Spring is here, and summer is around the corner! The perfect weather and surplus of activities encourages people to get out, get moving and exercise, but there’s never enough time to enjoy it all and still maintain your usual routine. Are you one of the many that made New Year’s fitness resolutions? Sometimes you need to miss a workout due to work, school or personal obligations. Don’t get discouraged when sometimes turns into often. It’s a myth that you need at least an hour and a lot of equipment to complete an effective workout. All you need is attitude.
A Little Exercise Science
Short duration and High Intensity Interval Training (HIIT) – sound familiar? Ever take the time to understand it? A great example is the Tabata Protocol discovered by Sport and Health Science Professor Izumi Tabata. His team documented that athletes training with this regiment could be exhausted in as little as four minutes. He also noticed that any motivated person can achieve the same results. This is not some new fitness craze; this was back in 1997! So why aren’t more people using this? It’s a misconception that long duration exercise provides greater benefits.
I say it all the time, “nothing worthwhile is easy.” High intensity means you have to give your best effort. This does not mean 100 percent every time until you’re about to vomit — but you still have to work hard.
Using the Tabata as an example, you run up and down a flight of stairs for 20 seconds and then stop for 10 seconds. Repeat this for eight intervals. If you gave your best effort, you will feel exhausted in four minutes. Cheers; you just completed a workout! You don’t have to use Tabata and stairs all the time, but you get the idea. Switch up the exercises and intervals, e.g. run fast using a 30/30 time split. Extend the workout to at least 15 minutes to gain the best hormonal response from your body, i.e. Exercise Post Oxygen Consumption (EPOC).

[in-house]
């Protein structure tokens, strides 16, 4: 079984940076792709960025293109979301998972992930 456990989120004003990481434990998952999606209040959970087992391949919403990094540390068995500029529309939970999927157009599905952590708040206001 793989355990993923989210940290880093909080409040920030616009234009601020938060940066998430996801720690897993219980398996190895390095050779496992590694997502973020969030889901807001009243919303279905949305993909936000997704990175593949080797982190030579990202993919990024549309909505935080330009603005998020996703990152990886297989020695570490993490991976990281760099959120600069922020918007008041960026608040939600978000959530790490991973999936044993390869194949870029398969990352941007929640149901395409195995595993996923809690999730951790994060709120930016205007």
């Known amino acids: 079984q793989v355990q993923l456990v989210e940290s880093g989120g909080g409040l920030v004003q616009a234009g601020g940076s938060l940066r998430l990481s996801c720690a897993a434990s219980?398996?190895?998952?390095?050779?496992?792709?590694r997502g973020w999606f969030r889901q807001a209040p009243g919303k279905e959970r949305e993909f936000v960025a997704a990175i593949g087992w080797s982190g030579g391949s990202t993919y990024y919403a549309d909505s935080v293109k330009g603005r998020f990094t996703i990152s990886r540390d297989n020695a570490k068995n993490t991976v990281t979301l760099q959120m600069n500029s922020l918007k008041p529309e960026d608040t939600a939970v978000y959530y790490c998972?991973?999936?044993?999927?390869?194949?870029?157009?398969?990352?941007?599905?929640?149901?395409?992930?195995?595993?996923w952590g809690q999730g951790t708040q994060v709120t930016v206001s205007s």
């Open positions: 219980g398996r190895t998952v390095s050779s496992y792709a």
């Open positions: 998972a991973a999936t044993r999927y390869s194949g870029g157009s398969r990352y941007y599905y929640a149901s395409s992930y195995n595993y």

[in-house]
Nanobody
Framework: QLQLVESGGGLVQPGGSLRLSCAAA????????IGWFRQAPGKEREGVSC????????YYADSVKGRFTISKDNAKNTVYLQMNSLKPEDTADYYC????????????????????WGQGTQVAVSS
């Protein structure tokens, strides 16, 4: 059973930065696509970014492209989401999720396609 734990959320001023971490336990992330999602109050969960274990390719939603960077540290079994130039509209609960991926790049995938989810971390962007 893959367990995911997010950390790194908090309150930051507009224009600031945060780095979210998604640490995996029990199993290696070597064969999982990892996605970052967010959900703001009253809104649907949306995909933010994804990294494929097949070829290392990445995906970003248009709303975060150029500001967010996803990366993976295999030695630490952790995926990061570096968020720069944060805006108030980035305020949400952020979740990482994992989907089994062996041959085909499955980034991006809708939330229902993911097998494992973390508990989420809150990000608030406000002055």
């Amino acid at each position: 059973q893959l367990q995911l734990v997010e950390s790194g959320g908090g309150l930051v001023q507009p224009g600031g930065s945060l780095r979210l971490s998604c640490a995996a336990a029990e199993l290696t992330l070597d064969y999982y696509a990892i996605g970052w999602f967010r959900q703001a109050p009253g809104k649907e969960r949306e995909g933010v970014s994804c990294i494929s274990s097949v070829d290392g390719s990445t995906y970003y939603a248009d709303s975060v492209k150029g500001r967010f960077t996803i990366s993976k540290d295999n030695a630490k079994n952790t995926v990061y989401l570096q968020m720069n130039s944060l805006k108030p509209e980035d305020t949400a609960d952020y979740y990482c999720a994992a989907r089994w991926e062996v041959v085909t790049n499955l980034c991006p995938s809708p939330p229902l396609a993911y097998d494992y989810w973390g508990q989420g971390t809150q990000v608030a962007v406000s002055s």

If you have access to some equipment
Warm up with intervals on any cardio machine or jumping jacks, jump ropes, etc. using the Tabata Protocol described above (four minutes). Then perform three, whole body movements for 10 minutes, 20-25 repetitions each. Try dumbbell swings, squat thrusters and hanging leg raises. Only rest for as much time as it takes to change exercises. Finish with another four minutes of intervals.
If there’s no access to a gym
Get a deck of cards, and shuffle well, with jokers. Aces = 1, Jacks = 11, Queens = 12, Kings = 13, Jokers = pass, and all other cards are face value. Pick three to four exercises, e.g. squats, push-ups, sit-ups and burpees. Keep the order of the exercises the same for every round. Flip over a card, and complete that number of repetitions for the exercise you’re on. Repeat rounds for 15-20 minutes stopping as little as possible.
Be Nice to Yourself
Get creative, and try different exercises, but be careful. If it seems too complex and you’ve never had anyone teach you proper form, then try something else. Also, listen to your body. There’s a difference between good and bad pain. Make sure to strengthen, not strain. Focus on controlling your breathing, try to have some fun even if you have to fake a smile, and be excited that you just completed another session.